I think what Dr. Redfield clearly was asking for, just like we asked for every American to follow the guidelines, he's saying, please add to that -- guidelines getting your flu shot and making sure you're protected.

TRUMP: And, Doctor, wouldn't you say there's a good chance that COVID will not come back?

BIRX: We don't know.

TRUMP: And if it comes back, it's in a very small, confined area that we put out, like fire?

BIRX: Well, the great thing is, we will be able to find it earlier this time.

And I think that's what we're talking about. We will find those cases earlier. So, what Dr. Redfield said, we would be able to stay in containment phase.

And what we're also hoping -- and we talked about this about four or five weeks ago -- that we're hoping that the flu infections also go down, because people are much more aware of respiratory illnesses and how to protect themselves.

Want you to get your vaccine, but we also want to also protect individuals from getting the flu, because of the vulnerability we know in certain populations to flu and the -- and the devastating outcomes to flu. We could prevent and decrease both of those things.

So, I think we are assured that the CDC is putting in place today what we are going to need in the fall, so that we can stay in containment if, potentially, the virus comes back.

TRUMP: And if it comes back, though, it won't be coming back in the form that it was. It will be coming back in smaller doses that we can contain.

But what the doctor was saying -- and I spoke to him at great length -- he was saying if it should come back together, now you have the flu and you have the embers of corona.

But, in my opinion, from everything I have seen, it can never be like anything that we have witnessed right now. Would you say that is a correct statement?

REDFIELD: Absolutely.

TRUMP: It's nothing like what we have talked -- what we have just gone through, we will not go through.

You could have some embers of corona, and you could have a big flu system. And if they combine, if they come together, if they come together, it's not great. But we will not go through what we went through for the last two months.

(CROSSTALK)

QUESTION: Mr. President, I...

TRUMP: Is that a correct statement?

REDFIELD: Correct.

QUESTION: I understand that the United States will certainly be more prepared in the fall, but how can you say that you know it won't come back in the same level that it has today?

TRUMP: What -- it is estimated it might not come back at all, Jeff (ph). It may not come back at all.

He's talking about a worst-case scenario, where you have a big flu and you have some corona. And if it does come back, it's not going to come back -- and I have spoken to 10 different people -- not going to be like it was.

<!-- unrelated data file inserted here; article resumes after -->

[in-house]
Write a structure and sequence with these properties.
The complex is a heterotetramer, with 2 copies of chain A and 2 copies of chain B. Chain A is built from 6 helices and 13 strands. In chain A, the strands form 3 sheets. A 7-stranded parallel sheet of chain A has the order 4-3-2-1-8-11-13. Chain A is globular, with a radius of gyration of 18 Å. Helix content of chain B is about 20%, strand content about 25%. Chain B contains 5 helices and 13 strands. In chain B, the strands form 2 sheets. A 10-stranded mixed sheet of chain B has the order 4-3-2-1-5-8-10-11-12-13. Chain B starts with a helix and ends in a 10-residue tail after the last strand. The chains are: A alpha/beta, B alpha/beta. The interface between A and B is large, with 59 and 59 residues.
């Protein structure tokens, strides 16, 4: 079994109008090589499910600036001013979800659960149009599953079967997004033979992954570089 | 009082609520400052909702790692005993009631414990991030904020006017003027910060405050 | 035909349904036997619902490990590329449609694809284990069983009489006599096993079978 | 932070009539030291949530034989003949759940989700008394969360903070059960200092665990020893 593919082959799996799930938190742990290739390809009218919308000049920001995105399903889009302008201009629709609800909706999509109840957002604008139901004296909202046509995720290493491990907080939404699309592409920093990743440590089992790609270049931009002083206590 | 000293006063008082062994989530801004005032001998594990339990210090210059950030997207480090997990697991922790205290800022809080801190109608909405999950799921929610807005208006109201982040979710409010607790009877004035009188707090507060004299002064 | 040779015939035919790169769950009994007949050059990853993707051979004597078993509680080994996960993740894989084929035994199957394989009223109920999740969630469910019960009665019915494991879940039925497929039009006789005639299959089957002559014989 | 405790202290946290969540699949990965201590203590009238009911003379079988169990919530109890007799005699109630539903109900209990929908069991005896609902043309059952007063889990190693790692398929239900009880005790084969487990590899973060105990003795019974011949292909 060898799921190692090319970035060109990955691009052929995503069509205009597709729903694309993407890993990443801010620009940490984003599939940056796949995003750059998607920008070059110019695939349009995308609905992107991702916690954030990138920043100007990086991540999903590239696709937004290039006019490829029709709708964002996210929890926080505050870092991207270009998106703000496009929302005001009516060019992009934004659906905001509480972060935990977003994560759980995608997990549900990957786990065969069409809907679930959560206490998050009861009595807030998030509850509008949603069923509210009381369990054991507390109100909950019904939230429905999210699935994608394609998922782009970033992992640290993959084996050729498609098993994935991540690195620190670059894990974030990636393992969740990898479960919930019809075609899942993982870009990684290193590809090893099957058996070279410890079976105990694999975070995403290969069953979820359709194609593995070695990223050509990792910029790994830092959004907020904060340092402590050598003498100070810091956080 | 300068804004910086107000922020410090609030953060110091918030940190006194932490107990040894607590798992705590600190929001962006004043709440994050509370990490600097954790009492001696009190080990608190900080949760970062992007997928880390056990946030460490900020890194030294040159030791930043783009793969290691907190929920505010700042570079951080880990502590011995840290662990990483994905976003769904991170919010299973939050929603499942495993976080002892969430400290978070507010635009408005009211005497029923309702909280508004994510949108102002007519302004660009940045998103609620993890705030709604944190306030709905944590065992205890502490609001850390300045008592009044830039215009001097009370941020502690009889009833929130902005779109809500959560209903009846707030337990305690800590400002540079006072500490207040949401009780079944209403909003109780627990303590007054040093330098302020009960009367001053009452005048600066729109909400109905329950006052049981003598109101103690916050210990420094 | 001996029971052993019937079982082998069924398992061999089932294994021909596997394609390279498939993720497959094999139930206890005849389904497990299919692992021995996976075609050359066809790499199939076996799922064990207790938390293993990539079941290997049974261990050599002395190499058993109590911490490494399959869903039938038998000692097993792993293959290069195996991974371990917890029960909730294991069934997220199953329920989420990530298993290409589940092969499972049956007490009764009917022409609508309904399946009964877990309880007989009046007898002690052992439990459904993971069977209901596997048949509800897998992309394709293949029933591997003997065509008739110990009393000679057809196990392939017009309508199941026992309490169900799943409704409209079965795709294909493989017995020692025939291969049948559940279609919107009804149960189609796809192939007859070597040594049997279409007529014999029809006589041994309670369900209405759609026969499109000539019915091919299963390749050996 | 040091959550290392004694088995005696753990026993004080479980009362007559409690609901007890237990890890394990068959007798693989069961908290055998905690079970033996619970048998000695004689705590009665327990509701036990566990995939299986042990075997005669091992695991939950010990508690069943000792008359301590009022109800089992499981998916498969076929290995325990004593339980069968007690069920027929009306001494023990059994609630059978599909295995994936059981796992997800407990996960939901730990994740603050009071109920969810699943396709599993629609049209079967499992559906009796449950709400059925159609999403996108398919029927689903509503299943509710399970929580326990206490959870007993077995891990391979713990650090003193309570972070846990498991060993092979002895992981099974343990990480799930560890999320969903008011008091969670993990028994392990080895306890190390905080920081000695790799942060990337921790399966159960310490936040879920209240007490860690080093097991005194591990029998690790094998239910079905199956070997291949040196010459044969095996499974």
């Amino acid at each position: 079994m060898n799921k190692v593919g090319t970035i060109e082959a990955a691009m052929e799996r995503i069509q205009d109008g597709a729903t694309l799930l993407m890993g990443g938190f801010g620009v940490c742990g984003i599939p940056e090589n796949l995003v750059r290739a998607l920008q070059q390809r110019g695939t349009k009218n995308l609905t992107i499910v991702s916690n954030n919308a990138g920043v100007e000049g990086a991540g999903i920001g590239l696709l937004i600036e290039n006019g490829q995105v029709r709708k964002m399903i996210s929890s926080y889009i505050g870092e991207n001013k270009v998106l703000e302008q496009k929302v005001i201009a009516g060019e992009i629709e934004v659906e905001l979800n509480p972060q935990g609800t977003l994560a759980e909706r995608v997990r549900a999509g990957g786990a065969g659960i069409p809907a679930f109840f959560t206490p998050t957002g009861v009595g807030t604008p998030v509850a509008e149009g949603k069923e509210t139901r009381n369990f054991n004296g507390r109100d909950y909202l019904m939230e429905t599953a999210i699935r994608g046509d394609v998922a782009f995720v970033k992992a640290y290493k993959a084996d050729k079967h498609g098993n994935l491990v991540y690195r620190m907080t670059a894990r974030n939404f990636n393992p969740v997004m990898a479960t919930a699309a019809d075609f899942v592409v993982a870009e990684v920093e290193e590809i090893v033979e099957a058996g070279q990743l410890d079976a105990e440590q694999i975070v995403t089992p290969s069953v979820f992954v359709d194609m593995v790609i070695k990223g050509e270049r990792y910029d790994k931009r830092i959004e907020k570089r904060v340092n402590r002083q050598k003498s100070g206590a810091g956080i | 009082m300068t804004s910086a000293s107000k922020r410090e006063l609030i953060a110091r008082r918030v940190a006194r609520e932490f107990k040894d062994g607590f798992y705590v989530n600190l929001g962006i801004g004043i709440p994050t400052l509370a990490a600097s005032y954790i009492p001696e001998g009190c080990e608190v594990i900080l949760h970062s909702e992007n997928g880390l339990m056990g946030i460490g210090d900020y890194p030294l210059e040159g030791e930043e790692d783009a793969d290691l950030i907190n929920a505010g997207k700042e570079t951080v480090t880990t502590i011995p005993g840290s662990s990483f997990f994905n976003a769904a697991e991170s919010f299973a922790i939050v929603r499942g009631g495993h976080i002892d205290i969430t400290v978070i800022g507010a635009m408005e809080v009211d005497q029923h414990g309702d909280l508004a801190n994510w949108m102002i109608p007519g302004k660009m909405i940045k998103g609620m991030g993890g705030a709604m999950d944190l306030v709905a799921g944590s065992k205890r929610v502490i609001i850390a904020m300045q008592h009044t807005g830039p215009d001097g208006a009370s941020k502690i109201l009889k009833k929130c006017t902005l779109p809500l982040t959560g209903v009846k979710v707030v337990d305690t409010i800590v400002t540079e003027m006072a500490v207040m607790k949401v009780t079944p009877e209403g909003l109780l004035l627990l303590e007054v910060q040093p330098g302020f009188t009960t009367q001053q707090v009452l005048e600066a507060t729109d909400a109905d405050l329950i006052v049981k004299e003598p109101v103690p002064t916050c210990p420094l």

Also, we have much better containment now. Before, nobody knew about it. Nobody knew anything about it. We understand it. Now, if we have pockets, a little pocket here or there, we're going to have put it out. It goes out, and it's going to go out fast. We're going to be watching for it. But it's all possible -- it's also

possible it doesn't come back at all.

QUESTION: I understand the containment, but I don't understand how you know it won't come back on a big scale.

TRUMP: I didn't say it's not.

I said, if it does, it's not going to come back on anything near what we went through. But you could have a mess, where they come at the same time.

And if they come at the same time, the flu is not the greatest thing in the world, Jeff. It's not the greatest thing either. If they come at the same time, you will have on both.

But if we have embers of corona, coupled with the flu, that's not going to be pleasant. But it's not going to be what we have gone through in any way shape or form.

Yes.

QUESTION: If you don't think that it's going to come back in -- at the same severity as right now, why are you still directing that taxpayer dollars be spent on emergency procurement of ventilators, tens of thousands of...

(CROSSTALK)

TRUMP: Because we have to have them for other reasons. Something else could come.

I mean, we didn't know about corona. Now we know about corona. But look at what happened. And, now, we did have the H1N1 swine flu. We had that. We have other things that have happened. We had various forms of flu, but nothing like what we have had here, nothing at all like what we have had here with the virus.

But something could happen. I think that the stockpiles -- we're making hundreds of thousands of ventilators right now. Nobody writes about that.

You know, at one time, all they talked about ventilators, right, because you didn't think it was possible for me to solve that problem. And I solved it. And nobody can believe it.

I just spoke to world leaders today who desperately need ventilators. They said, the job you have done -- and we're sending 500 to Mexico, then another 500 to France. We're sending some to Spain. We're sending some to Italy.

We have them. They're being made by the thousands. And world leaders -- I spoke to prime minister -- I went through a lot of different calls today. I won't even tell you. But I went through -- I can give you a list if you want. But I went through a lot of calls to a lot of leaders, spoke with Pakistan. They would like to have some ventilators. We're going to get them some ventilators.

But they all said to me one thing. It was incredible that you solved the ventilator problem, because that was a big problem.